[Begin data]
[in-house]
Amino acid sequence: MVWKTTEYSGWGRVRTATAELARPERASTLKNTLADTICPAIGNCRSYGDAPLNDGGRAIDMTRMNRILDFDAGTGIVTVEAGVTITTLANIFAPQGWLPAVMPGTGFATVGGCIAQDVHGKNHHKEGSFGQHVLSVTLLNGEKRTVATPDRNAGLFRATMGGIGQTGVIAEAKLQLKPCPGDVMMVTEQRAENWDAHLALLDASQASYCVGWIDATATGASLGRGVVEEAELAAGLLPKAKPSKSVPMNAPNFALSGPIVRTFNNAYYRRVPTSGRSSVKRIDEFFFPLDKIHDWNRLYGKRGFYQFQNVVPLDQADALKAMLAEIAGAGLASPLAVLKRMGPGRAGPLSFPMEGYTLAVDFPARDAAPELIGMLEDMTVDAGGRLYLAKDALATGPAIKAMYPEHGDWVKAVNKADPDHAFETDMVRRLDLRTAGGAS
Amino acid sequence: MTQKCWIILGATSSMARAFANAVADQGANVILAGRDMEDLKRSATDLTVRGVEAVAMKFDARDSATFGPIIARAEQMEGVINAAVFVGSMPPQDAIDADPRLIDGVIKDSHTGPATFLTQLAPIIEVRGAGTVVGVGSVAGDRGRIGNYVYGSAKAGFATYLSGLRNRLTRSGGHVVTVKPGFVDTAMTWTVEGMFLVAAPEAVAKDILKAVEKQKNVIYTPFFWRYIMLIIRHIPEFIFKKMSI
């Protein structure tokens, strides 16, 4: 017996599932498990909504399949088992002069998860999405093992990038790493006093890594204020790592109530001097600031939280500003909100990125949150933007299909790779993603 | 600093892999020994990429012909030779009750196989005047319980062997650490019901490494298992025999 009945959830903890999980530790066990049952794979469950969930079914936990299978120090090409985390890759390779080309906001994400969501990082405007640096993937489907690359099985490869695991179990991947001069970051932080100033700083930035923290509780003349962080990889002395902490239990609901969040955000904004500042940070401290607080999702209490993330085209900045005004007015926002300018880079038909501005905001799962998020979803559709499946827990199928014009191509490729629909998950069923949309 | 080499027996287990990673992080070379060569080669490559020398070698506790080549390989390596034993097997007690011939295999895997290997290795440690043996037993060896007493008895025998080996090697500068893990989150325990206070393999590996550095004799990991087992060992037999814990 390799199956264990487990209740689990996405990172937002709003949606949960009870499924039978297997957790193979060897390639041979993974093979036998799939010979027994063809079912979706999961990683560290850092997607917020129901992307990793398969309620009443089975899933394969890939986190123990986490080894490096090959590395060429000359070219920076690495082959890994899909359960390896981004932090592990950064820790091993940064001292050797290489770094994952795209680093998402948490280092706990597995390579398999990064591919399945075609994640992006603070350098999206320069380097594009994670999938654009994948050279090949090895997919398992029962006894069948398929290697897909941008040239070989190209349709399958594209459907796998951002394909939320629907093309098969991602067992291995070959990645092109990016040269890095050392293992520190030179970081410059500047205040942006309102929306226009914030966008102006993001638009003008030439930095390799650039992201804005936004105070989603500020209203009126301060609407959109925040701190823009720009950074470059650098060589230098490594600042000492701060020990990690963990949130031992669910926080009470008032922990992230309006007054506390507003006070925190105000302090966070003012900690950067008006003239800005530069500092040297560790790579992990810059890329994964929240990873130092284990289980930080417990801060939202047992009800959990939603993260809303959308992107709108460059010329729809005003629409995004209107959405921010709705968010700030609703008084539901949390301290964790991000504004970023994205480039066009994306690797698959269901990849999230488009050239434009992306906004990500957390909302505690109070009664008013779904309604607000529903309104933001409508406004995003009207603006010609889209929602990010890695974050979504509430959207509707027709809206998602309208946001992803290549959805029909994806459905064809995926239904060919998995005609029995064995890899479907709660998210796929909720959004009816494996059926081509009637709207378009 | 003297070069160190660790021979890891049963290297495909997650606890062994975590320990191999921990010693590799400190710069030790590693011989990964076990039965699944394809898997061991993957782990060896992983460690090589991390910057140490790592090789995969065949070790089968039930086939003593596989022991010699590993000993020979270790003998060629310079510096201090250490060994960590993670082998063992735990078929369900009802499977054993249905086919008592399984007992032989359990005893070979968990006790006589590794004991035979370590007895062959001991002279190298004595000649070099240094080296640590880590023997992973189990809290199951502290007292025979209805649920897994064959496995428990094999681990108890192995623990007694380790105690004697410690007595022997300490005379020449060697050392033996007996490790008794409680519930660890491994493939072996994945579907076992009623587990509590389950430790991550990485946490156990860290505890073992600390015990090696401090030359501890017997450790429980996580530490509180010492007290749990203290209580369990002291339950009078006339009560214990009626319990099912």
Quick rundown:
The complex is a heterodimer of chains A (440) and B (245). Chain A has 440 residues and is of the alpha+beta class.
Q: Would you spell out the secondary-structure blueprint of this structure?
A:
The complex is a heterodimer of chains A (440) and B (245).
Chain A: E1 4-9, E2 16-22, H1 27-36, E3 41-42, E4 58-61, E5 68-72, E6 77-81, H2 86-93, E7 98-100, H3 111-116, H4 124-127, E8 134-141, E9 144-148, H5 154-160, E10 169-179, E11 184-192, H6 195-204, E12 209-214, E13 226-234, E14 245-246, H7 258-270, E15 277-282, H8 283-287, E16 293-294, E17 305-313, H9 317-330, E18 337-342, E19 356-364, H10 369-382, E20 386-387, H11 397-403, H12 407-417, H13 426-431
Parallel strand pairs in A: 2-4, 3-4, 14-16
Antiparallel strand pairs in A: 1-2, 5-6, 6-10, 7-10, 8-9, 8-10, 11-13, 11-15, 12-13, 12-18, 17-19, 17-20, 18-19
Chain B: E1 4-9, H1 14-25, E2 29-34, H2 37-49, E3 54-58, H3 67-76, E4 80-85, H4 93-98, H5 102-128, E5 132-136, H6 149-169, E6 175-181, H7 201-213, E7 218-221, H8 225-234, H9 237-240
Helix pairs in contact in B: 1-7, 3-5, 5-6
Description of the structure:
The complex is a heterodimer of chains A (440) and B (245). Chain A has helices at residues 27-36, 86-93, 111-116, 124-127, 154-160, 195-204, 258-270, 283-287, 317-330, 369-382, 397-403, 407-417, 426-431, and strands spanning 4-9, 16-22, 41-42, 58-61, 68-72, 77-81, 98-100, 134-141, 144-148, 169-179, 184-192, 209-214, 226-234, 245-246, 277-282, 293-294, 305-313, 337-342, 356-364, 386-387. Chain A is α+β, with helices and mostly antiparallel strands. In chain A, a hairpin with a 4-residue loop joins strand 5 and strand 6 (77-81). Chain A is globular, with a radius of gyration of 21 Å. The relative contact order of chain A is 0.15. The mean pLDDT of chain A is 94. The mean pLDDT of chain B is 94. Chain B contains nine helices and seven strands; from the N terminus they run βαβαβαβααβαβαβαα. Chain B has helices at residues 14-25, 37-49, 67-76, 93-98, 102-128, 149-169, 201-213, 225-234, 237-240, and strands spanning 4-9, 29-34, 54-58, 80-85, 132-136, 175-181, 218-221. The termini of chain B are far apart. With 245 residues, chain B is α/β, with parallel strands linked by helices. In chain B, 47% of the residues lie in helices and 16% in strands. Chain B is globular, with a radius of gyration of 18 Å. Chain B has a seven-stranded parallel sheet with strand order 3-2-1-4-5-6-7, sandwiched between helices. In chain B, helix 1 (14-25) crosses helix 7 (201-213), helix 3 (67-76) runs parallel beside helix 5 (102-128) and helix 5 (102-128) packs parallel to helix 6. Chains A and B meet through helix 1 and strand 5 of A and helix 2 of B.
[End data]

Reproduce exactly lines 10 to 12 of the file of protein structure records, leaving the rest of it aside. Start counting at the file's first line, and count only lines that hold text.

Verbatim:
Chain A: E1 4-9, E2 16-22, H1 27-36, E3 41-42, E4 58-61, E5 68-72, E6 77-81, H2 86-93, E7 98-100, H3 111-116, H4 124-127, E8 134-141, E9 144-148, H5 154-160, E10 169-179, E11 184-192, H6 195-204, E12 209-214, E13 226-234, E14 245-246, H7 258-270, E15 277-282, H8 283-287, E16 293-294, E17 305-313, H9 317-330, E18 337-342, E19 356-364, H10 369-382, E20 386-387, H11 397-403, H12 407-417, H13 426-431
Parallel strand pairs in A: 2-4, 3-4, 14-16
Antiparallel strand pairs in A: 1-2, 5-6, 6-10, 7-10, 8-9, 8-10, 11-13, 11-15, 12-13, 12-18, 17-19, 17-20, 18-19